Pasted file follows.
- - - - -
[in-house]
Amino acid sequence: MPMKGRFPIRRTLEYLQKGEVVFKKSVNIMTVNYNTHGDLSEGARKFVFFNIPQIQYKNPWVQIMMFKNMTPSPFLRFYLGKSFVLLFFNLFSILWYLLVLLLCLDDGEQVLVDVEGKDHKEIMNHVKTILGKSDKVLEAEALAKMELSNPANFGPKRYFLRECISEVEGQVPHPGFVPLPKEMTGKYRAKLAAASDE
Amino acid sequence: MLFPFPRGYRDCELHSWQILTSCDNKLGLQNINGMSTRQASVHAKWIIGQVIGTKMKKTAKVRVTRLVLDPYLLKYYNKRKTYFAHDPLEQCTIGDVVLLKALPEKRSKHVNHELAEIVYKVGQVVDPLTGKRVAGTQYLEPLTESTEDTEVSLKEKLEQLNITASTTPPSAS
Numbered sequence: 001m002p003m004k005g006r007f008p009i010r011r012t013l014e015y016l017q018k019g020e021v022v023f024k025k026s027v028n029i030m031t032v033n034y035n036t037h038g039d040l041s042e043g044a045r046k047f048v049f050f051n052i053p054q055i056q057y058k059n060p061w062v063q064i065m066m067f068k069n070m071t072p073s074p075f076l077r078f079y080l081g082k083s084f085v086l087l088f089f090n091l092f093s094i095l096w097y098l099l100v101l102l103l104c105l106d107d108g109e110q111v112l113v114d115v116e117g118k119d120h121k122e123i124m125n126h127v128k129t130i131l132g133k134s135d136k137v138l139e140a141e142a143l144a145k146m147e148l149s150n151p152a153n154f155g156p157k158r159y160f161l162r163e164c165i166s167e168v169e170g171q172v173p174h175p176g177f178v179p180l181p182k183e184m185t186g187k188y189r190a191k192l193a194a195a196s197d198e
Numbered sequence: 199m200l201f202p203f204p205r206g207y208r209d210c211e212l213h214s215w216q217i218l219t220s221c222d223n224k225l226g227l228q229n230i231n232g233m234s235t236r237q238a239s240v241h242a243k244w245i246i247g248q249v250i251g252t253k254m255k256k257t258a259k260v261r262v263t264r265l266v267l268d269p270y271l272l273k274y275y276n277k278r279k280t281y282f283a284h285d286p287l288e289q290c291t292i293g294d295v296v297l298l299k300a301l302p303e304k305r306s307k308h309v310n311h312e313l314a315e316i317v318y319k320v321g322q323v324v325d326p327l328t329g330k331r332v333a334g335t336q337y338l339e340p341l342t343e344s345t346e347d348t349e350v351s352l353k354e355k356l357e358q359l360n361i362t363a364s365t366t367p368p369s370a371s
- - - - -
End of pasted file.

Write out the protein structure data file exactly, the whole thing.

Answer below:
[in-house]
Amino acid sequence: MPMKGRFPIRRTLEYLQKGEVVFKKSVNIMTVNYNTHGDLSEGARKFVFFNIPQIQYKNPWVQIMMFKNMTPSPFLRFYLGKSFVLLFFNLFSILWYLLVLLLCLDDGEQVLVDVEGKDHKEIMNHVKTILGKSDKVLEAEALAKMELSNPANFGPKRYFLRECISEVEGQVPHPGFVPLPKEMTGKYRAKLAAASDE
Amino acid sequence: MLFPFPRGYRDCELHSWQILTSCDNKLGLQNINGMSTRQASVHAKWIIGQVIGTKMKKTAKVRVTRLVLDPYLLKYYNKRKTYFAHDPLEQCTIGDVVLLKALPEKRSKHVNHELAEIVYKVGQVVDPLTGKRVAGTQYLEPLTESTEDTEVSLKEKLEQLNITASTTPPSAS
Numbered sequence: 001m002p003m004k005g006r007f008p009i010r011r012t013l014e015y016l017q018k019g020e021v022v023f024k025k026s027v028n029i030m031t032v033n034y035n036t037h038g039d040l041s042e043g044a045r046k047f048v049f050f051n052i053p054q055i056q057y058k059n060p061w062v063q064i065m066m067f068k069n070m071t072p073s074p075f076l077r078f079y080l081g082k083s084f085v086l087l088f089f090n091l092f093s094i095l096w097y098l099l100v101l102l103l104c105l106d107d108g109e110q111v112l113v114d115v116e117g118k119d120h121k122e123i124m125n126h127v128k129t130i131l132g133k134s135d136k137v138l139e140a141e142a143l144a145k146m147e148l149s150n151p152a153n154f155g156p157k158r159y160f161l162r163e164c165i166s167e168v169e170g171q172v173p174h175p176g177f178v179p180l181p182k183e184m185t186g187k188y189r190a191k192l193a194a195a196s197d198e
Numbered sequence: 199m200l201f202p203f204p205r206g207y208r209d210c211e212l213h214s215w216q217i218l219t220s221c222d223n224k225l226g227l228q229n230i231n232g233m234s235t236r237q238a239s240v241h242a243k244w245i246i247g248q249v250i251g252t253k254m255k256k257t258a259k260v261r262v263t264r265l266v267l268d269p270y271l272l273k274y275y276n277k278r279k280t281y282f283a284h285d286p287l288e289q290c291t292i293g294d295v296v297l298l299k300a301l302p303e304k305r306s307k308h309v310n311h312e313l314a315e316i317v318y319k320v321g322q323v324v325d326p327l328t329g330k331r332v333a334g335t336q337y338l339e340p341l342t343e344s345t346e347d348t349e350v351s352l353k354e355k356l357e358q359l360n361i362t363a364s365t366t367p368p369s370a371s